Five Changemakers Join the Community Foundation for Oceana County’s Regional Leadership Learning Lab
Pentwater, MI –
The Community Foundation for Oceana County (CFOC) is proud to introduce the six community leaders participating in its regional Leadership Learning Lab (LLL): Rubi Berumen, Aubrey Boerema, Curtis Burdette, Mark Olmstead, and Griffin Vogler. As the fifth cohort of LLL, participants will join Oceana County’s 26 LLL alumni in expanding their leadership skills and networks.
LLL began in 2018 after several northern community foundations, including CFOC, brainstormed how they could empower leaders and acting changemakers in their communities. Oceana & Manistee counties make up one of five LLL sites across the state, which now includes leaders from Mason County in this cohort. The program is a collective effort among the Frey Foundation, Rotary Charities, and ten community foundations in northern Michigan. Statewide, 225 individuals have taken part in LLL with 167 alumni continuing to meet and utilize LLL’s learning resources. After its 2023-24 cohort, CFOC will select another new cohort and invites those interested to keep an eye on the Foundation’s communications, as it will announce when the 2024 application opens.
For CFOC, supporting LLL is an investment in Oceana County’s future as its alumni continue to sustain and innovate their work across West Michigan. A full list of alumni is available at the Foundation’s website under the RESOURCES tab at oceanafoundation.org. LLL provides a space for budding leaders and seasoned changemakers to learn from one another. “Each leader brings their own experiences and passion for their work into each LLL session, providing their unique perspective to each conversation. Growing your leadership capacity not only includes developing technical skills, but also listening to and learning from views different than your own. The Foundation continually works to create opportunities for these conversations and learning moments to help our nonprofit, government, and business leaders to better serve our community,” Foundation CEO Tammy Carey explained.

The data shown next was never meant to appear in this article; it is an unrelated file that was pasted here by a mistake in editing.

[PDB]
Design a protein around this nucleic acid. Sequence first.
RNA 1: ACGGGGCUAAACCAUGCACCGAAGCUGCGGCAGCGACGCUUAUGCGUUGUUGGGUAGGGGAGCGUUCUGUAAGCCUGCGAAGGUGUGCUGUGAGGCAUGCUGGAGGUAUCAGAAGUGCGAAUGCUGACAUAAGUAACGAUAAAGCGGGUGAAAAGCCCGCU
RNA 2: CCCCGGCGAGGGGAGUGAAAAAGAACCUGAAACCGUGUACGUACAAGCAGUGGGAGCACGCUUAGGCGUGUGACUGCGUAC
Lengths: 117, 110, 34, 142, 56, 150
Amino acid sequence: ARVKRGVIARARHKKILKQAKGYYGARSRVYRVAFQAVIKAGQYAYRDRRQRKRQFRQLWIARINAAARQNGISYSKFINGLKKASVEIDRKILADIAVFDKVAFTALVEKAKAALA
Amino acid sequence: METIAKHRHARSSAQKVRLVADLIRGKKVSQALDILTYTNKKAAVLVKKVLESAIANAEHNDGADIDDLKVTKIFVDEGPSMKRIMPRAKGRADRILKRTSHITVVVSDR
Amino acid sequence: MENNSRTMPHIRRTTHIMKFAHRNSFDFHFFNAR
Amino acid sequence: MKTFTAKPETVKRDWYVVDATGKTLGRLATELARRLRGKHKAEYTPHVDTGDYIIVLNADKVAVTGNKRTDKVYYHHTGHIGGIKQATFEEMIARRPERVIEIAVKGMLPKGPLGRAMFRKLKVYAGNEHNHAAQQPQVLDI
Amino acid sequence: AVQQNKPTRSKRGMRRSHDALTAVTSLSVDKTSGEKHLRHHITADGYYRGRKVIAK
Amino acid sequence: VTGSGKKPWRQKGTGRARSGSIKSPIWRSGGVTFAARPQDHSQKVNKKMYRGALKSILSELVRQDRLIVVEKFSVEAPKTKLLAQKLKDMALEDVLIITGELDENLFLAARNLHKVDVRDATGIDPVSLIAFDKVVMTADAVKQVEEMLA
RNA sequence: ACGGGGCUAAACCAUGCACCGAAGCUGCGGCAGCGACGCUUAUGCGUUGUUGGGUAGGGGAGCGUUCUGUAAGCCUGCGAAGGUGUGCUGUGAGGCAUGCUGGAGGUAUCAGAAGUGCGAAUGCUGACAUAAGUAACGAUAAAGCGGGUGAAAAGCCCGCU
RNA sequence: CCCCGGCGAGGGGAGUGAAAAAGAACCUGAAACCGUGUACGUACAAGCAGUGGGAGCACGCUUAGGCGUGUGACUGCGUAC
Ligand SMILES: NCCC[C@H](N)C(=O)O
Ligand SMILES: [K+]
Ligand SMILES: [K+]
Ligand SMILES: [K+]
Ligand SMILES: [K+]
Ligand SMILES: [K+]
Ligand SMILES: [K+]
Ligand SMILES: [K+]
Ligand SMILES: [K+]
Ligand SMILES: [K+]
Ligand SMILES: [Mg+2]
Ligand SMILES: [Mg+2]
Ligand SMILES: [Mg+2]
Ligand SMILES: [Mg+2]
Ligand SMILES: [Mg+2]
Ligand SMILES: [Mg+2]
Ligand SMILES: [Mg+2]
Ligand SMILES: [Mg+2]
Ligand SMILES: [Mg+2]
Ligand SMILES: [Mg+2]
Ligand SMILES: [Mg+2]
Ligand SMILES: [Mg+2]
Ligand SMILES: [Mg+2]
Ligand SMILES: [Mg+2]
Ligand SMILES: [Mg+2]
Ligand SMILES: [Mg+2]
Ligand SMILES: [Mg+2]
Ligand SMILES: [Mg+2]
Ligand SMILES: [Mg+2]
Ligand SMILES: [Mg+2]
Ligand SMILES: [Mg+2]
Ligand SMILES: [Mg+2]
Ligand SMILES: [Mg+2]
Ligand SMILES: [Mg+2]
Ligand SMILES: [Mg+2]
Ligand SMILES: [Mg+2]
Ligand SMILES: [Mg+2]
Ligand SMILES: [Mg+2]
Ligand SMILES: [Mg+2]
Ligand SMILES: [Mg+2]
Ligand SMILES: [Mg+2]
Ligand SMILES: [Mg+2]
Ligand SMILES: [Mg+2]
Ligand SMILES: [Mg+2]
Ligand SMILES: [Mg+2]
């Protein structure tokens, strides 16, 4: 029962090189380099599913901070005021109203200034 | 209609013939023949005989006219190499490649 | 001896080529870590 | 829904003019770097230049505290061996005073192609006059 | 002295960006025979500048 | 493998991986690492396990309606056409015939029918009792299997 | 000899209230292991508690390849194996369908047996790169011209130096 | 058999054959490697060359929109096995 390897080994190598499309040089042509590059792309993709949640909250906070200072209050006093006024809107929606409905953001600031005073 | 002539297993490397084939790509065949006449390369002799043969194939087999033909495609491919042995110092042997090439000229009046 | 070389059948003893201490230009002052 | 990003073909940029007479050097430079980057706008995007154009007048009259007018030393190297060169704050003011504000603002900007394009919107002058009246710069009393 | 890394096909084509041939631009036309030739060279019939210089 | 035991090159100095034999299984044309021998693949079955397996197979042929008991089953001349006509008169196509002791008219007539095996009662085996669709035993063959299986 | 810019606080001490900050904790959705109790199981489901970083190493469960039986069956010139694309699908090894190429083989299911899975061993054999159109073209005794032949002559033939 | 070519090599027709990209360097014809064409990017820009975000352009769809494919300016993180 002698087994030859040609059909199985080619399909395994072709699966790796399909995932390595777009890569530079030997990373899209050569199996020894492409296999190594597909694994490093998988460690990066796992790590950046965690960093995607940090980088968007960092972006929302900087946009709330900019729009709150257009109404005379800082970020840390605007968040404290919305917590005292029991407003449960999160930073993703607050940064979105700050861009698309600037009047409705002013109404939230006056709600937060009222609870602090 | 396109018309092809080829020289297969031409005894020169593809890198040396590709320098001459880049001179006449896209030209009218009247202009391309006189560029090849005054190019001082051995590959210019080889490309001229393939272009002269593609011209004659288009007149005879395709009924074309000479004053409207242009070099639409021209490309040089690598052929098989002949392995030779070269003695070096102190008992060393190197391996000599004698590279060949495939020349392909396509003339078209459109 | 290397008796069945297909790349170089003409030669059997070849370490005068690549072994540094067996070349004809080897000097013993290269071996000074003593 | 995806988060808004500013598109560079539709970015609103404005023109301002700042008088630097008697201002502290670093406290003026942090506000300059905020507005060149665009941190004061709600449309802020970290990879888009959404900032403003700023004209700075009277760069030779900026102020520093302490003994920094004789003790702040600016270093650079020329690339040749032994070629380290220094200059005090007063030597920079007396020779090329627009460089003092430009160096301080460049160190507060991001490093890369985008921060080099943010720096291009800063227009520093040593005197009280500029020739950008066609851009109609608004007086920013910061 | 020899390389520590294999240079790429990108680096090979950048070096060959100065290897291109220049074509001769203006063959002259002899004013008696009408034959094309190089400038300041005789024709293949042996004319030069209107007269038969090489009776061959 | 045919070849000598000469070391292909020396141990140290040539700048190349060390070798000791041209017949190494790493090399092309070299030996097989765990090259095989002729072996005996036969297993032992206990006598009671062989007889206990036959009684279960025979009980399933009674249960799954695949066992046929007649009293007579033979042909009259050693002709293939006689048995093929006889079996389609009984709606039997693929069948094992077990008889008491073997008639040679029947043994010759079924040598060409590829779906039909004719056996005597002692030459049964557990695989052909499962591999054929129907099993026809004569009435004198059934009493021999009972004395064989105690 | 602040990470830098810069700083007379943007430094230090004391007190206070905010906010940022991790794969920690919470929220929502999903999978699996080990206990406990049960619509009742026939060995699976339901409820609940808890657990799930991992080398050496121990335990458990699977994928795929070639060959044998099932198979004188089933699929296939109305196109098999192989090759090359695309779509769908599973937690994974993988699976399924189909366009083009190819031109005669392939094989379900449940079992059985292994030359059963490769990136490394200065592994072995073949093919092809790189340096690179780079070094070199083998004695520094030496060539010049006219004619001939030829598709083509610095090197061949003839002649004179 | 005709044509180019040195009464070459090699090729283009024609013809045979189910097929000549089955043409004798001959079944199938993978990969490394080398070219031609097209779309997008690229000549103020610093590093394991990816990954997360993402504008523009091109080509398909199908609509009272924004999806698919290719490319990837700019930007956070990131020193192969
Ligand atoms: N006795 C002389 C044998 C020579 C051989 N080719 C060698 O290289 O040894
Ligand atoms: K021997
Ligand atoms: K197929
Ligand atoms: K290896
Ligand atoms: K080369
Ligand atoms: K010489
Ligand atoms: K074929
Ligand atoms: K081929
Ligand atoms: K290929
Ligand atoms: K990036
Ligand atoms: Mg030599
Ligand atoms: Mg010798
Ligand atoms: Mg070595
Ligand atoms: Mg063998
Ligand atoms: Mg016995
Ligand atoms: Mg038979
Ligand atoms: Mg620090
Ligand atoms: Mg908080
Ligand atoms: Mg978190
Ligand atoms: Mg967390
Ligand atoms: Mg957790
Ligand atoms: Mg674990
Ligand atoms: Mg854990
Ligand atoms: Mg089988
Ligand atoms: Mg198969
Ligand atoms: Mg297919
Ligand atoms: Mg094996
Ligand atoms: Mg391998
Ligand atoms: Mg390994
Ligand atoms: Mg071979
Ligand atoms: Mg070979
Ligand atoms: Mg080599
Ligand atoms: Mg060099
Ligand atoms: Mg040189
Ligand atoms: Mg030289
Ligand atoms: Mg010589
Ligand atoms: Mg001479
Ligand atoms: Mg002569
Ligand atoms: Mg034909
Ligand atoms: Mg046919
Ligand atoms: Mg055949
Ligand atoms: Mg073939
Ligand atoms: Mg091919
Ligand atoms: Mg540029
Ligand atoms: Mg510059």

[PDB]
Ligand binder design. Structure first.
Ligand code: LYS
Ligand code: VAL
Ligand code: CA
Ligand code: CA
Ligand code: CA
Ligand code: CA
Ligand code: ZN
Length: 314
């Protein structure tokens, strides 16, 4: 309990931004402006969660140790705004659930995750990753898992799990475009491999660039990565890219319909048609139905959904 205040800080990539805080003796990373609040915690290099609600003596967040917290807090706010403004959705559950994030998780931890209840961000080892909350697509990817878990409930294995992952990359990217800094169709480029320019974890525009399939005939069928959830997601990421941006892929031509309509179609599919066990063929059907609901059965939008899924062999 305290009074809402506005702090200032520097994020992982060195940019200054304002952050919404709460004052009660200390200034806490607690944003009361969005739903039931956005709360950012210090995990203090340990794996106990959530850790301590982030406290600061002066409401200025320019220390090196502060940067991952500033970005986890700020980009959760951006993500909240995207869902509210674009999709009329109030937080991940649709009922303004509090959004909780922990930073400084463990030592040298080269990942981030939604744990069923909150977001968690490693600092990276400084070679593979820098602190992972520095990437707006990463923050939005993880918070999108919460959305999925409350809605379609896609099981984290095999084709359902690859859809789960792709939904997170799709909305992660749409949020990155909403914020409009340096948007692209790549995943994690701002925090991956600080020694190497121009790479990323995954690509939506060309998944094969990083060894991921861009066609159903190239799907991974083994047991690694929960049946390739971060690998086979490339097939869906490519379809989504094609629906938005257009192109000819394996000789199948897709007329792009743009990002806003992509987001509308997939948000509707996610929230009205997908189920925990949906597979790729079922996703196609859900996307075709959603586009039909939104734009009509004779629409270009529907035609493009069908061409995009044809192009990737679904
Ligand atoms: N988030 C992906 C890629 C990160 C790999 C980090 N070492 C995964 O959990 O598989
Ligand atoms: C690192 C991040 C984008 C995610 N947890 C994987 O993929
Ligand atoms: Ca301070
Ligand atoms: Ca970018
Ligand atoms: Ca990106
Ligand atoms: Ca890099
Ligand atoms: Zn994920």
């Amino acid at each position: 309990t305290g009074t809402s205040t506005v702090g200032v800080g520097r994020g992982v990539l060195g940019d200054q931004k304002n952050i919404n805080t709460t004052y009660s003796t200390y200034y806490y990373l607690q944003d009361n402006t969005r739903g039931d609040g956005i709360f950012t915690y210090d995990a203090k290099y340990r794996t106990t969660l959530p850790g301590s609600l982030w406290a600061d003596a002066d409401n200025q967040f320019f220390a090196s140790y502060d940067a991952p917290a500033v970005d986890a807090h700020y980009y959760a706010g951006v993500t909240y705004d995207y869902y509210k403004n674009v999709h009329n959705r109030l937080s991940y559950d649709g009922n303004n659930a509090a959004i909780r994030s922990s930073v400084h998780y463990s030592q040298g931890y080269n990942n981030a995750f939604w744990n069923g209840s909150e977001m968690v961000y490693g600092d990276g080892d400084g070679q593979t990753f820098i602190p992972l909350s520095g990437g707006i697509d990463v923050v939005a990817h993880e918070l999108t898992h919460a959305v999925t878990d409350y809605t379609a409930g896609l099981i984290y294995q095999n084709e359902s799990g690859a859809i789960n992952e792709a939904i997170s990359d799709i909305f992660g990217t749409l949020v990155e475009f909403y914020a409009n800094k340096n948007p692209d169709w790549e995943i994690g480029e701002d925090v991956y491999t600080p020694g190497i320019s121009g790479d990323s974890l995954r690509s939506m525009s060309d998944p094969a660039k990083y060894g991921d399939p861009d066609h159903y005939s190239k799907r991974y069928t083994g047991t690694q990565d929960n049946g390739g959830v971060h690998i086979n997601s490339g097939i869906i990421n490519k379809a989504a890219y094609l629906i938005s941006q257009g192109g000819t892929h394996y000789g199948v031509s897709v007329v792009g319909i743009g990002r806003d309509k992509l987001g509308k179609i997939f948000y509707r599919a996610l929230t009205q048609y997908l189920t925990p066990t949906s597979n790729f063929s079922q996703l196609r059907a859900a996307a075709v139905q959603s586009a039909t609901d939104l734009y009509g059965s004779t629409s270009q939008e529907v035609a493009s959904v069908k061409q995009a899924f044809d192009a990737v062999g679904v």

By connecting leaders from Oceana, Manistee, and Mason counties, LLL works to strengthen the relationships between nonprofit professionals across the region. Participants meet monthly to learn about different aspects of management, including storytelling, fundraising, and adaptive leadership. The 2023 cohort participants are each committed to growing their skills to better serve their organizations.
As a Departmental Supervisor for the Michigan Department of Labor and Economic Opportunity (LEO), Rubicelia (Rubi) Berumen coaches Michigan Works! agencies and their staff to better serve Michigan’s growing economy. She previously worked as a Migrant Service Worker for LEO and as a Foster Care Specialist. Rubi noted, “What I learn in the LLL will help me enhance my skills and be well informed, resourceful and supportive in the learning process and educational needs of other in my community.”
As the founder and executive director of Stony Lake Therapeutic Riding Center in 2014, Aubrey Boerema has been a community leader since her early twenties. “As a visionary, I have big dreams for our program,” Aubrey said. “I love the West Michigan community. I love the support we have here. However, our community needs more… I’d love to continue learning how to be a leader who is engaging, intuitive, and working towards the best we can so that we can continue to operate right here in Oceana County.”
Along with becoming the Executive Director for Oceana County Economic Alliance, Curtis Burdette fostered his interest in leadership by serving on the United Way of the Lakeshore Oceana County’s board, participating in the County’s Broadband Task Force, and leading the County’s Brownfield Redevelopment Authority. He has completed several leadership training programs at Rapid Roots and the International Economic Development Council. “The connections and training I gain will go directly into practice for myself and benefit Oceana County Economic Alliance in our mission to create a diverse economic environment,” Burdette stated.
As a career teacher and later educational administrator, Mark Olmstead is deeply passionate about developing vibrant educational environments for today’s students and tomorrow’s leaders. He is the superintendent of Shelby Public Schools. For Mark, leadership is a skill best developed through networking. He explained, “I strongly believe that qualities of leadership are continually developed and grown through engaging with other leaders.”
Griffin Vogler, the Director of Camp Miniwanca, has dedicated a significant portion of her 15-year career in operations leadership to the next generations. In establishing youth leadership programs in healthcare and her current role in facilitating an empowering youth camp experience for the American Youth Foundation. “I am hopeful that I will gain new skills, create stronger connections that will better equip Miniwanca to meet the needs of local youth,” Griffin explained.
The Community Foundation for Oceana County envisions an Oceana where everyone has access to resources to thrive. If you would like more information on the Leadership Learning Lab, call CEO Tammy Carey at 231-869-3377 or visit – https://oceanafoundation.org/community-impact/leadership-learning-lab/.